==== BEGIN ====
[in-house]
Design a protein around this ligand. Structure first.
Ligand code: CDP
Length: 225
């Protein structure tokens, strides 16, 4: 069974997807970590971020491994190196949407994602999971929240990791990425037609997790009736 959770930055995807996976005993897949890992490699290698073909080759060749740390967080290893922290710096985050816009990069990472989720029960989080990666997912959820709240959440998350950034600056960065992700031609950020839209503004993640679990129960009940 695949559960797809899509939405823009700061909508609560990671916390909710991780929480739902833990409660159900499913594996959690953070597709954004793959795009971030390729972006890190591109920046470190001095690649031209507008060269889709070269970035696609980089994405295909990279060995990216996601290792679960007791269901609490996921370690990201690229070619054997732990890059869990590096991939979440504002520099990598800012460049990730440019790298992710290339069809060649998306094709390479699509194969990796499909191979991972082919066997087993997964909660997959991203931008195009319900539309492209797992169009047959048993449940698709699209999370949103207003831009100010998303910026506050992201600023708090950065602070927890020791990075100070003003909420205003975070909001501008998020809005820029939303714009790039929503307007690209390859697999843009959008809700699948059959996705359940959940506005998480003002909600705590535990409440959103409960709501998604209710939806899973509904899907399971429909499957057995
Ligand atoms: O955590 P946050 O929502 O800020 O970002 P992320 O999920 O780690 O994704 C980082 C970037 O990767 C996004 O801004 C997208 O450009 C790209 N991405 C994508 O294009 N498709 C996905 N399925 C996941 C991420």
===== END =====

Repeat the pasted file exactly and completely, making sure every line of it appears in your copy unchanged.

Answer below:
[in-house]
Design a protein around this ligand. Structure first.
Ligand code: CDP
Length: 225
């Protein structure tokens, strides 16, 4: 069974997807970590971020491994190196949407994602999971929240990791990425037609997790009736 959770930055995807996976005993897949890992490699290698073909080759060749740390967080290893922290710096985050816009990069990472989720029960989080990666997912959820709240959440998350950034600056960065992700031609950020839209503004993640679990129960009940 695949559960797809899509939405823009700061909508609560990671916390909710991780929480739902833990409660159900499913594996959690953070597709954004793959795009971030390729972006890190591109920046470190001095690649031209507008060269889709070269970035696609980089994405295909990279060995990216996601290792679960007791269901609490996921370690990201690229070619054997732990890059869990590096991939979440504002520099990598800012460049990730440019790298992710290339069809060649998306094709390479699509194969990796499909191979991972082919066997087993997964909660997959991203931008195009319900539309492209797992169009047959048993449940698709699209999370949103207003831009100010998303910026506050992201600023708090950065602070927890020791990075100070003003909420205003975070909001501008998020809005820029939303714009790039929503307007690209390859697999843009959008809700699948059959996705359940959940506005998480003002909600705590535990409440959103409960709501998604209710939806899973509904899907399971429909499957057995
Ligand atoms: O955590 P946050 O929502 O800020 O970002 P992320 O999920 O780690 O994704 C980082 C970037 O990767 C996004 O801004 C997208 O450009 C790209 N991405 C994508 O294009 N498709 C996905 N399925 C996941 C991420």